Mike Lee objects and Rand Paul doodles: How Republican senators are handling Trump's impeachment

“Graphic, disgusting”: GOP Senators appalled by new riot footage — but still plan to acquit

By Jon Skolnik

Staff Writer

Published February 11, 2021 12:55PM (EST)

U.S. Sen. Mike Lee (R-UT) (Erin Schaff-Pool/Getty Images)
U.S. Sen. Mike Lee (R-UT) (Erin Schaff-Pool/Getty Images)

On the second day of former President Trump's impeachment trial, emotions ran high on the Senate floor as lawmakers across both aisles watched aghast at security footage that had never before been seen, revealing just how close the rioters were to breaching the Senate chamber while members of Congress were still inside. 

Democrats serving as the House impeachment managers showed clips of Sens. Mitt Romney, R-UT, and Chuck Schumer, D-NY, and former Vice President Mike Pence narrowly escaping the violent mob of marauders as they spread throughout the Capitol building on Jan. 6. Impeachment managers methodically recounted a timeline of the events leading up to the insurrection, citing various instances during the many months prior in which Trump sowed the seeds of violence in his followers. 

One of the more expected moments in the trial occurred when House manager Rep. David Cicilline, D-RI, cited a call Trump had mistakenly made to Sen. Mike Lee, R-UT, during the insurrection, thinking that he had, in fact, called Sen. Tommy Tuberville, R-AL. Lee claimed that he'd quickly given the phone to Tuberville, who Trump "reportedly" asked to make additional objections to the election certification process over a 10-minute phone call, during which Lee and Tuberville grew increasingly panicked as the riot unfolded. 

"Excuse me, Tommy," Lee said he interjected at the time, "We have to evacuate. Can I have my phone?"

On Wednesday, Lee objected to Cicilline's recounting of the report to say that Trump had asked Tuberville to slow down the certification process, ultimately leading Cicilline to withdraw the statement. The House managers did, however, reserve the right to clarify their point on Thursday. 

During and after the trial, many GOP senators were relatively forthright about their emotional state following the second day of the impeachment trial –– a tense scene in which, as Sen. Susan Collins, R-ME, described, "you could hear a pin drop."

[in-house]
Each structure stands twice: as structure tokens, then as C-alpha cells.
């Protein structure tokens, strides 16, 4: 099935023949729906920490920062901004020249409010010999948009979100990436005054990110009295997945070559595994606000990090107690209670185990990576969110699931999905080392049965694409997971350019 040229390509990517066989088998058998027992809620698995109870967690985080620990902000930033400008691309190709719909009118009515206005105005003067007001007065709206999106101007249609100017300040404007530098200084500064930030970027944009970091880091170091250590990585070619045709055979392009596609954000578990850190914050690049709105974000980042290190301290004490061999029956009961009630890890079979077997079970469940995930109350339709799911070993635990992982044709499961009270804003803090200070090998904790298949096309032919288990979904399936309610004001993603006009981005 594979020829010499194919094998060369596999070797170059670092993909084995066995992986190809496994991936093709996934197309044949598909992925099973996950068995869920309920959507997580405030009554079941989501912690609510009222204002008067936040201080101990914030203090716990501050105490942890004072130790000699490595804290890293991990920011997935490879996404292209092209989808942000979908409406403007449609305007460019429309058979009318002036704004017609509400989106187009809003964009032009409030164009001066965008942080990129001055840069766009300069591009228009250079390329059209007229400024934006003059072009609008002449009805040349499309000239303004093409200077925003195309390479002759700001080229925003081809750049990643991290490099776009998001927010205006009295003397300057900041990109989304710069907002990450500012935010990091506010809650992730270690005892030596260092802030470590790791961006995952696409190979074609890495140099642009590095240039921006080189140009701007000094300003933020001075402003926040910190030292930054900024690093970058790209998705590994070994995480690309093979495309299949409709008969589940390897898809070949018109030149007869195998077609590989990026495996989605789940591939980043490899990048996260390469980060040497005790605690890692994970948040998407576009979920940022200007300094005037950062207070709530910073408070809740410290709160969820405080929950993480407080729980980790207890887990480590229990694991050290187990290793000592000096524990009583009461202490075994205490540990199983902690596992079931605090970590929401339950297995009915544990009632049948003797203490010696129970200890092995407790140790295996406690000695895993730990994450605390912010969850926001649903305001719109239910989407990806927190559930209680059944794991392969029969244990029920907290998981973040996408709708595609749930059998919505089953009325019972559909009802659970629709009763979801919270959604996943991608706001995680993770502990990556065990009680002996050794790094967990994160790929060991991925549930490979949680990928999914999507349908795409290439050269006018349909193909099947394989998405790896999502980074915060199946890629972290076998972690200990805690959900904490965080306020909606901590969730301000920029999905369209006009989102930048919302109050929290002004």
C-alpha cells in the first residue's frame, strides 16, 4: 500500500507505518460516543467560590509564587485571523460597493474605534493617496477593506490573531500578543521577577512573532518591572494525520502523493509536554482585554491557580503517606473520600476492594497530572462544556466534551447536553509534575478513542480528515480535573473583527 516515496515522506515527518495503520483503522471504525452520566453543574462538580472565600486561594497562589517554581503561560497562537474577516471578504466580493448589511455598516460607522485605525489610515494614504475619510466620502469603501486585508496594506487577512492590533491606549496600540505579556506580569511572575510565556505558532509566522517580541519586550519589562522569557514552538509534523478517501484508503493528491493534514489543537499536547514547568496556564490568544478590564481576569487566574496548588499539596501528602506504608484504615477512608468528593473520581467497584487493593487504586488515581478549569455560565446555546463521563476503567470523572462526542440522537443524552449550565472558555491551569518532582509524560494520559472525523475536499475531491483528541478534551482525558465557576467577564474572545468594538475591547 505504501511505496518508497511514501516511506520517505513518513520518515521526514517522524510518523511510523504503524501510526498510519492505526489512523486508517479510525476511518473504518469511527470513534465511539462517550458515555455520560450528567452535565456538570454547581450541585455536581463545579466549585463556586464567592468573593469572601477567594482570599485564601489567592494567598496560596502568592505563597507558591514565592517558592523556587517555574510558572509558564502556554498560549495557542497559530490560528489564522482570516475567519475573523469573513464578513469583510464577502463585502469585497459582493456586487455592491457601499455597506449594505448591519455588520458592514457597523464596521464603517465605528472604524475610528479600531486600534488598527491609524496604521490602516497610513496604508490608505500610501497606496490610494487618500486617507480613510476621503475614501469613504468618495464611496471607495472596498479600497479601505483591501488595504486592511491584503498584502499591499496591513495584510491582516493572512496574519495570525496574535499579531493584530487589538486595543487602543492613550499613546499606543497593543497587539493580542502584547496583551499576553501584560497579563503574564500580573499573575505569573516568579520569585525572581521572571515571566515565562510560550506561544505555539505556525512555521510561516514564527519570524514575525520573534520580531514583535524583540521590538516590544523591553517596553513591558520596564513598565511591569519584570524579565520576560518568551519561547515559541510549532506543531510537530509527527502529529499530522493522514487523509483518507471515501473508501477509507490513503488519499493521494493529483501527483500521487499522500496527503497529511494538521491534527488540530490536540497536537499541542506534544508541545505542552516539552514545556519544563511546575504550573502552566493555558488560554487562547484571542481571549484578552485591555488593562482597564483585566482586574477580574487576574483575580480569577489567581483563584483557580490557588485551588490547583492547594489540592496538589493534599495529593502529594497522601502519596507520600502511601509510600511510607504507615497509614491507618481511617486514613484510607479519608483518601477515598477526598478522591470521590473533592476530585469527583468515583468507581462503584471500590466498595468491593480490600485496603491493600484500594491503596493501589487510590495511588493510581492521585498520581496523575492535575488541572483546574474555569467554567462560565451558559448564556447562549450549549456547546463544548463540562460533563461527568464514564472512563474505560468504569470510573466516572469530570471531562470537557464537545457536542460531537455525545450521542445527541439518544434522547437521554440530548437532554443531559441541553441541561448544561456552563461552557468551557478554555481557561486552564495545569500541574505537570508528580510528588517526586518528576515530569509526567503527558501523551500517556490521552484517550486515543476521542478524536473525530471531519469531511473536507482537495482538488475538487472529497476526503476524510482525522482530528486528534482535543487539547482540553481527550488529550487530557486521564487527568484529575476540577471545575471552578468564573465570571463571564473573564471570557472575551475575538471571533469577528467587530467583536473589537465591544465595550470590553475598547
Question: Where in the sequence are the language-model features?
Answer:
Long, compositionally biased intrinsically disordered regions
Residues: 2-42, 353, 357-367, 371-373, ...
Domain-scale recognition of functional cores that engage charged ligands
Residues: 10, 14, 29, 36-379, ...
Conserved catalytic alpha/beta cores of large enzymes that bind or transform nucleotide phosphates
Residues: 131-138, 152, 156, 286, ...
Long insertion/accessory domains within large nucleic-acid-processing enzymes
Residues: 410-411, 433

Sen. Rob Portman, R-OH, expressed that it was "not easy" to watch the footage and admitted he and his colleagues were "not as protected as [they] thought [they] were."

Sen. Romney, one of the six senators who has expressed his support of the trial, said that he felt "very fortunate" for Capitol police officer Eugene Goodman, who rushed him away from the Senate chambers with just minutes to spare. The "violence that our Capitol Police and others were subjected to," Romney said, "tears at your heart and brings tears to your eyes. That was overwhelmingly distressing and emotional."

"I just can't believe that we could lose the Capitol like that," Sen. Lindsey Graham, R-S.C., told reporters, "I got mad. I mean these police officers had every right to use deadly force, they should have used it."

Many GOP senators commended on the clarity of the Democrats' case, a quality strikingly absent from Trump's legal team during the first day of the trial. 

Senator Lisa Murkowski, R-AK, who had also advocated for the trial in January, said, "I think that the House managers are making a very strong case for a timeline that laid out very clearly the words that were used, when he used them, how he used to really build the anger, the violence that we saw here in this Capitol."

"I think they've done a good job connecting the dots," Sen. John Thune, R-S.D. told reporters, echoing Murkowski's praise, "The president's Twitter feed is a matter of public record, and they've done, like I said, an effective job of going back several months and just showing that public record."

However, Murkowski and Thune were not joined by most of their Republican colleagues, who remained unconvinced that the former president directly incited the violence that broke out on Capitol Hill. 

When asked whether Wednesday's presentation would change his vote, Sen. Mike Braun, R-IA, said during a break, "No, because I've seen, I think, most of it," adding, "I think it's good to review it, but I don't know that that's going to make a difference for any one senator just having it on a loop again."

"They spent a great deal of time focusing on the horrific acts of violence that were played out by the criminals," said Senator Ted Cruz, R-TX, one of the dozen or so Senators who openly backed Trump's effort invalidate the election certification, "But the language from the president doesn't come close to meeting the legal standard for incitement."

Despite the visceral reaction elicited by the new footage Democrats had shown, the lack of any independent investigations or any witness testimony will make it unlikely for the impeachment team to sway more Republicans, solidifying Trump's inevitable acquittal.  

In fact, many Republican senators continued to deflect blame to Democrats. 

Others made a show of not paying attention to the trial.

Sen. Josh Hawley of Missouri sat up in the gallery reading with his feet up a day after Sen. Rand Paul of Kentucky was seen by reporters — but not cameras, as Senate rules require only the speakers on the dais be shown — doodling what appeared to be a drawing of the Capitol. And Ted Cruz was rage tweeting about a UK hospital's decision to drop terms considered to be trans-exclusionary such as "breast milk."


By Jon Skolnik

Jon Skolnik is a staff writer at Salon. His work has appeared in Current Affairs, The Baffler, and The New York Daily News.

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